Sherman, Room 1B20
Scope and Content Note
The Tourism Collection at the Colorado State Archives is an assemblage of yearbooks, documents, photographs, and postcards from the various state agencies that dealt with the tourist industry in Colorado from 1872-1993. It consists of approximately 2,000 photographs and 755 postcards that promoted immigration and tourism to the state. In addition, there are brochures and pamphlets, posters, bulletins, publications, scrapbooks, reports, correspondence, and administrative files from the state agencies that directed promotional activities.
The collection reflects how Coloradans wished their state to be viewed in order to attract settlers and visitors to the state. As such, the collection documents the state's growth and economic development as well as the tourism industry. Each of the counties are highlighted especially through photographs and scrapbooks of the local industries, towns, and activities. The state's scenery is documented as well as the mode of transportation that people used to see the sites, through the photographs, postcards, pamphlets, and posters. The ski industry is also well documented through this media. Reports provide information and statistics concerning the growth of the state as well as the tourist industry. Especially valuable in this regard is the Colorado Yearbook which annually compiled information about the state until 1964. Administrative files and correspondence document the plans and policies of the agencies that promoted immigration and tourism.
By Erin McDanal Staff Archivist
In the 1860's and 1870's, the promise of gold and silver began to lure miners and entrepreneurs to the Rocky Mountains. Railroads linked market centers with the mining areas as well as with recently established agricultural communities along the lines throughout the Great Plains region. A territorial Board of Immigration was set up in 1872 to be "the only delegated and authorized agent of the Territory to promote immigration." Because of these factors, the population in the Colorado area burgeoned.
The population continued to grow as a few wet years in the 1880's gave the High Plains region of eastern Colorado a reputation as an especially suitable place for farming. A more characteristic period of drought following these years, however, forced an exodus of farmers from the state. With improved dryland agricultural techniques and the 1909 Enlarged Homestead Act, potential farmers again began settling in eastern Colorado.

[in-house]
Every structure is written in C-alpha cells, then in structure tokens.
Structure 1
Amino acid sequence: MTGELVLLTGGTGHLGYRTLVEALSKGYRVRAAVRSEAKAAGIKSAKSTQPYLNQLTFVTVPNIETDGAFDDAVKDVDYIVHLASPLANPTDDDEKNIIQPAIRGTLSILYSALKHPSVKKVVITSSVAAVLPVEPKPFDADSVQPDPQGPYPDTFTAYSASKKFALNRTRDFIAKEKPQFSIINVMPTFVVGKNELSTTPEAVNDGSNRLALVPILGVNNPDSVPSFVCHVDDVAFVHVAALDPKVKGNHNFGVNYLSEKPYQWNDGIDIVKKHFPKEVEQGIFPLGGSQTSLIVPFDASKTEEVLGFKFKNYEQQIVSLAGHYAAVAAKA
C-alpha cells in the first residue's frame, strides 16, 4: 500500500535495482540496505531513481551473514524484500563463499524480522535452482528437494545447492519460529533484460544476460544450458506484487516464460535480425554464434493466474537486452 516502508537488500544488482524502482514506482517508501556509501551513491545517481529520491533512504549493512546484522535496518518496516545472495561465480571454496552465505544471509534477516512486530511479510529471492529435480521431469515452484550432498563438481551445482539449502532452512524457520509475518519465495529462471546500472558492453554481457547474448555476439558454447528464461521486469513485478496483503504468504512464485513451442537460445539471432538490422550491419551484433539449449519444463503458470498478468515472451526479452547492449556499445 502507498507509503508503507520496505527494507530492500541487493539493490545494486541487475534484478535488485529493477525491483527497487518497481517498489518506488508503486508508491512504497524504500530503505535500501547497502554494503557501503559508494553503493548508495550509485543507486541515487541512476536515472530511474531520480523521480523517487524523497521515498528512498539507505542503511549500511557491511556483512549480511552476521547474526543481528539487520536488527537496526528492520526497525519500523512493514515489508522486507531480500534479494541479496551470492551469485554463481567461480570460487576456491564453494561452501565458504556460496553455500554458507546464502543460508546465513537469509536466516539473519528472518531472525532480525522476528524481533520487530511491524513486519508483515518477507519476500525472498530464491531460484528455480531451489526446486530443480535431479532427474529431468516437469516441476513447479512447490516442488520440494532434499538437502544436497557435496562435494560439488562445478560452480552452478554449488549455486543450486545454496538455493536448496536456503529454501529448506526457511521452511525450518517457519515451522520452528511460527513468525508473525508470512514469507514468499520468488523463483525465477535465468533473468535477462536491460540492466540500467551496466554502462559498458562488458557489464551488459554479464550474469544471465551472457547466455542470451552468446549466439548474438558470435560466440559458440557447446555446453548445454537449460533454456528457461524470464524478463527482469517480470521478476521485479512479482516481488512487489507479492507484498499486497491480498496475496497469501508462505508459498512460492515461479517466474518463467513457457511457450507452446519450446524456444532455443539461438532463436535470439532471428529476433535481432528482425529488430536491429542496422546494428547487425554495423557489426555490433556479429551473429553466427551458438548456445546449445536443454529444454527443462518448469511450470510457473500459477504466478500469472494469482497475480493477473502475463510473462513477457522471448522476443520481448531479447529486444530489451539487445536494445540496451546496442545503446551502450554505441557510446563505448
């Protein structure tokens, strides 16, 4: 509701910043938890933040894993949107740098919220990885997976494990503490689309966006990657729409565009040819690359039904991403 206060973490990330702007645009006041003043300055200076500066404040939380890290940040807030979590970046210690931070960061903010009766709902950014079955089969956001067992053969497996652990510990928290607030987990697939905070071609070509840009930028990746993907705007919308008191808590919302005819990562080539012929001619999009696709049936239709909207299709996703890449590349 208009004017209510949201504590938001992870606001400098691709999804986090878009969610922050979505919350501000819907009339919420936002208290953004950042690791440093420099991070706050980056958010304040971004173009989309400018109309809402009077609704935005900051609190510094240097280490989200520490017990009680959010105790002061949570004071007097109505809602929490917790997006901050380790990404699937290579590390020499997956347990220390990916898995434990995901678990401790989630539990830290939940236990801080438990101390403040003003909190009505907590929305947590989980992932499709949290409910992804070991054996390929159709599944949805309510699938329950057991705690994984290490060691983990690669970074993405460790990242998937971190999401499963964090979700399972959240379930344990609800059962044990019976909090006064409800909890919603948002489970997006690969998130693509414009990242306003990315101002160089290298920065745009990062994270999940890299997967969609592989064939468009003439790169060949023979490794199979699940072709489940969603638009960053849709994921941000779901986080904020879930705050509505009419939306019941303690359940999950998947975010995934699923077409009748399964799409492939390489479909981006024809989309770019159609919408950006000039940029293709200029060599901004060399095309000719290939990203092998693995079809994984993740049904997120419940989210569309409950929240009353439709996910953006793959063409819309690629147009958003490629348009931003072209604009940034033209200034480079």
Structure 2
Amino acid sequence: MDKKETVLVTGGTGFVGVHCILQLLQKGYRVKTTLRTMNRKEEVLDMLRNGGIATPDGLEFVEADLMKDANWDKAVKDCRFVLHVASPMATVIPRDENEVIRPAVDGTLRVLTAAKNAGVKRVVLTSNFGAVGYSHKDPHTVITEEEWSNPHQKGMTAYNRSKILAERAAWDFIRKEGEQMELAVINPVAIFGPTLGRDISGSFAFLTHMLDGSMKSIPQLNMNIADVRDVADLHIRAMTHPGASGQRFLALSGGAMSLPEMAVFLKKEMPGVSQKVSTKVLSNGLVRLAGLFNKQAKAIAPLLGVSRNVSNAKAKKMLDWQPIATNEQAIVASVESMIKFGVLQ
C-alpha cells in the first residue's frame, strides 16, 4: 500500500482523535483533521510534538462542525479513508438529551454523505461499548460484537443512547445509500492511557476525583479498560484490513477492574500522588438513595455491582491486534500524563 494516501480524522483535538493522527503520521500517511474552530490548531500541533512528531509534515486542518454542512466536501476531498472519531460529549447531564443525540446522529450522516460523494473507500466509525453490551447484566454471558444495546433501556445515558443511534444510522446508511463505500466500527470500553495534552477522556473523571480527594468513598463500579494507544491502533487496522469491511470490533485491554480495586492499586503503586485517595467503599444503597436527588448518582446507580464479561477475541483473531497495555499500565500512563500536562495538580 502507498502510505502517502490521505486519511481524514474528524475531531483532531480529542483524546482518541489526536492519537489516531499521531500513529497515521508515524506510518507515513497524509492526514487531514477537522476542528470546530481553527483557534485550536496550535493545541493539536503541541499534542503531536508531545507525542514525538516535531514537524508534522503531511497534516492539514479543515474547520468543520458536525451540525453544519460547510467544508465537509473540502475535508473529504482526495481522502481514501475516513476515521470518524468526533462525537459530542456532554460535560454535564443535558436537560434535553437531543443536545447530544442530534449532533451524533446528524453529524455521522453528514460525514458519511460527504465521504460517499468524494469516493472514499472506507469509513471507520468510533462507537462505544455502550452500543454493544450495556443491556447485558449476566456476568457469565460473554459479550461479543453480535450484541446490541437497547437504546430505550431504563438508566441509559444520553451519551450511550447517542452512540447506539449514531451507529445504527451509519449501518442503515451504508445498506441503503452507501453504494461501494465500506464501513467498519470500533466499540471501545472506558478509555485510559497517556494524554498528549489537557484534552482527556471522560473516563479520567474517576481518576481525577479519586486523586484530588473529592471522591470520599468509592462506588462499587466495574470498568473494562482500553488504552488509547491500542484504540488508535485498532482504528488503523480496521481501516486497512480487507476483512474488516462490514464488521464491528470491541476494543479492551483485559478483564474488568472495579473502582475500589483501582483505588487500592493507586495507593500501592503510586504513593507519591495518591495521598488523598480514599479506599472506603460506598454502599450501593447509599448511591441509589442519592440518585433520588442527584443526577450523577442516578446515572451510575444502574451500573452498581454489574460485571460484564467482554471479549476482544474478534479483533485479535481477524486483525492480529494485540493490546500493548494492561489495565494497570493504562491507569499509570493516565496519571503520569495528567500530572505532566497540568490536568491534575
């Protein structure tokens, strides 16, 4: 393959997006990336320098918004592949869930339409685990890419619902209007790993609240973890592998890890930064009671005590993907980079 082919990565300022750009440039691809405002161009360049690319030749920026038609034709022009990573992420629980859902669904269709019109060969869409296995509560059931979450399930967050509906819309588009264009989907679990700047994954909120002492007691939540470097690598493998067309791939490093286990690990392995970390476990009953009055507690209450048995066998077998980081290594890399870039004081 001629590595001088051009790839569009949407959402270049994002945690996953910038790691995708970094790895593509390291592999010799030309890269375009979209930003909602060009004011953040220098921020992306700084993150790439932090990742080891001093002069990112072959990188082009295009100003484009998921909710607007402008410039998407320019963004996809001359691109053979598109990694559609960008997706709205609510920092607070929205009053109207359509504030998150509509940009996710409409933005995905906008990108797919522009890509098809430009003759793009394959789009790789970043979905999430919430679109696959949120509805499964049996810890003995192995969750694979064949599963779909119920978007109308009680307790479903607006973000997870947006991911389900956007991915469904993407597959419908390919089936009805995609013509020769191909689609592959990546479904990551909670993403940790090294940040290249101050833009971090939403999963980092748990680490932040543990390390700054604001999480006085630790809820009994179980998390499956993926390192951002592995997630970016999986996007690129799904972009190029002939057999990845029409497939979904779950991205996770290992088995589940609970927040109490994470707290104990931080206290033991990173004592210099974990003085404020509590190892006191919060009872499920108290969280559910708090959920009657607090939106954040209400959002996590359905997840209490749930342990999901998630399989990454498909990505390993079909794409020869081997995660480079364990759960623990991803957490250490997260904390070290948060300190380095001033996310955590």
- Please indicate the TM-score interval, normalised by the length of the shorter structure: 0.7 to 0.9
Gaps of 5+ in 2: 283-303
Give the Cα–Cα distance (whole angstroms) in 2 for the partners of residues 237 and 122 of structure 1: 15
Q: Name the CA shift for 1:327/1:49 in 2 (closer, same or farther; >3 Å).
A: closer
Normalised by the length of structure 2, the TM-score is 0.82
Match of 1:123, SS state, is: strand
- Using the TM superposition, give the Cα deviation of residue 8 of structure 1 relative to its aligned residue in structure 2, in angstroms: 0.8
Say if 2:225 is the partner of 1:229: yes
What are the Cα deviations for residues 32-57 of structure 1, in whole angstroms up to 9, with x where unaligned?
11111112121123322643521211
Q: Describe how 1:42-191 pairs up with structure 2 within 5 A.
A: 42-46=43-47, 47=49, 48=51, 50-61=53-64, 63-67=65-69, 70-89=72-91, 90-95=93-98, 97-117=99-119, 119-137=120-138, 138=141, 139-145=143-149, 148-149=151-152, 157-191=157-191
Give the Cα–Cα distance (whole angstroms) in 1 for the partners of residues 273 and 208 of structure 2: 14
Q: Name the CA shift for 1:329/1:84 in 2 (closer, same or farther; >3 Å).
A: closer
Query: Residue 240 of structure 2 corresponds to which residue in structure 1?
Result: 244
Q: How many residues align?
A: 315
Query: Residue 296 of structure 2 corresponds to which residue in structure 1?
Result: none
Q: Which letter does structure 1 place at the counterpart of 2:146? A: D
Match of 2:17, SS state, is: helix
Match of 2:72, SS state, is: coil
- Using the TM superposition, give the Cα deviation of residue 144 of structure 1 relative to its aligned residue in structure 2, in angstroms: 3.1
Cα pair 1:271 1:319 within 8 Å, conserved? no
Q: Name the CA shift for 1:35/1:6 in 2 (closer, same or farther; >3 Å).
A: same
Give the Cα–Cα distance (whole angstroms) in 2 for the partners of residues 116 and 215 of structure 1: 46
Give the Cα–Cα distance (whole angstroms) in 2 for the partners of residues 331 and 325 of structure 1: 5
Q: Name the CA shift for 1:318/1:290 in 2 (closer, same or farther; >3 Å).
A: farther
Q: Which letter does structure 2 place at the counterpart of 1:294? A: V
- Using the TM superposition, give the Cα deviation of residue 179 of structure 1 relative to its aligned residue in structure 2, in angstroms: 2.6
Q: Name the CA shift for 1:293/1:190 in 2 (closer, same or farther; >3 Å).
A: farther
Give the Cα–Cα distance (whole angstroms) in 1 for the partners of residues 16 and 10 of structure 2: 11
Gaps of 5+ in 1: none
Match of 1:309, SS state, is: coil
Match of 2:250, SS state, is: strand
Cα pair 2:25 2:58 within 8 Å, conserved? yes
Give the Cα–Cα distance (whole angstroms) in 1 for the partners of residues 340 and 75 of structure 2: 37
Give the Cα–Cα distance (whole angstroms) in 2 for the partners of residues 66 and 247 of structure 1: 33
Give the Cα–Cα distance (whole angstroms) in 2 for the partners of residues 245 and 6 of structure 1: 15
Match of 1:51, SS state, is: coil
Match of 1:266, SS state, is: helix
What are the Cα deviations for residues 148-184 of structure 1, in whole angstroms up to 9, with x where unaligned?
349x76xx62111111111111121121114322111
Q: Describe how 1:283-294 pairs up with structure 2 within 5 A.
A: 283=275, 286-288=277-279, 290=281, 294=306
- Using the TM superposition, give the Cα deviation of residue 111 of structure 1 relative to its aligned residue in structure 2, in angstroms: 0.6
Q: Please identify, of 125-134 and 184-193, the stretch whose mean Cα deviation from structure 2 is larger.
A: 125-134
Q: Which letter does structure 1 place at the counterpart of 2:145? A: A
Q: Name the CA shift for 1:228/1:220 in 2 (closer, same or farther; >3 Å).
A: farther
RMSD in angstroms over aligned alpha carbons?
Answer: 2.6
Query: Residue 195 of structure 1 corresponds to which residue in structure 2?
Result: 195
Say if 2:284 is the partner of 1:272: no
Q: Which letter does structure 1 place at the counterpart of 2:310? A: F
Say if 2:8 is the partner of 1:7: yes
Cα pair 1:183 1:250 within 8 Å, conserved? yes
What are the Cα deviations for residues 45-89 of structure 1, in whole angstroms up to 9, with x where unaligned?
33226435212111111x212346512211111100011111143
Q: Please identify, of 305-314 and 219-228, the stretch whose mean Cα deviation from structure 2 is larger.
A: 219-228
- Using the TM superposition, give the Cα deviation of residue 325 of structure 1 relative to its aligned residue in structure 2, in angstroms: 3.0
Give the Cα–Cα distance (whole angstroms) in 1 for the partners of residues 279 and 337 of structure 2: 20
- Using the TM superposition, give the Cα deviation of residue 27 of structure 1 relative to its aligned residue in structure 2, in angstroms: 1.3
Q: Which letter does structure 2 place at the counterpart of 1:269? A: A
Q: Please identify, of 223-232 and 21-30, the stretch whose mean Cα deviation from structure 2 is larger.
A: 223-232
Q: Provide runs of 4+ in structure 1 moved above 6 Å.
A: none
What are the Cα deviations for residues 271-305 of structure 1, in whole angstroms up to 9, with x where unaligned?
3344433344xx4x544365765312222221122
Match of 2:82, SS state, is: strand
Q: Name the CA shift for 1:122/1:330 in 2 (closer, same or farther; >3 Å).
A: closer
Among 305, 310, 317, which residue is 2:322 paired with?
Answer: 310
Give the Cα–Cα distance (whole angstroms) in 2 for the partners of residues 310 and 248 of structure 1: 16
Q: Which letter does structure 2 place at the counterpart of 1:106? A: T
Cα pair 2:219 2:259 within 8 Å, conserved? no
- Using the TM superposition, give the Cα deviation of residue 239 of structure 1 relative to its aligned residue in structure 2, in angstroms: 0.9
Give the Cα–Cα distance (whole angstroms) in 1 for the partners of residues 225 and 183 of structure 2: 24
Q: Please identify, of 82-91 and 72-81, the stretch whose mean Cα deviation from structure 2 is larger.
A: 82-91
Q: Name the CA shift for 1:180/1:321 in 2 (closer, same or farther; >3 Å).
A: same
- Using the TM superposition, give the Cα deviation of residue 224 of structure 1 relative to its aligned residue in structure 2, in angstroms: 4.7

In order to encourage this trend, the Colorado State Board of Immigration was created in 1909 for the "purpose of properly advertising the resources and attractions of the State of Colorado among the people of other States and nations, so that by immigration and investments the development of the State may be stimulated and its population increased." The responsibilities of the Board included collecting reliable information and statistics regarding agriculture, manufacturing, climate, and health and to publish this material. The Immigration Board was also directed to prepare and circulate other publications regarding Colorado; visit and investigate the resources in the state in order to advertise and exploit various localities; visit other states and there distribute advertising material; and exhibit Colorado products and views at national shows and conferences.
During the last half of 1910, the Board of Immigration received 4,831 inquiries requesting information about Colorado lands and investment opportunities. They also distributed a large number of publications and advertising regarding Colorado. Over 54,000 pamphlets pertaining to agriculture, stock raising, horticulture, and other miscellaneous subjects were sent to inquirers while almost one million pamphlets were distributed at various congresses and shows throughout the country. In 1910, at the United States Land Irrigation Exposition in Chicago, 645,000 pamphlets were distributed. Much of this literature originated with agricultural organizations in the Arkansas Valley and with the railroads which continued to promote settlement along the lines in Colorado.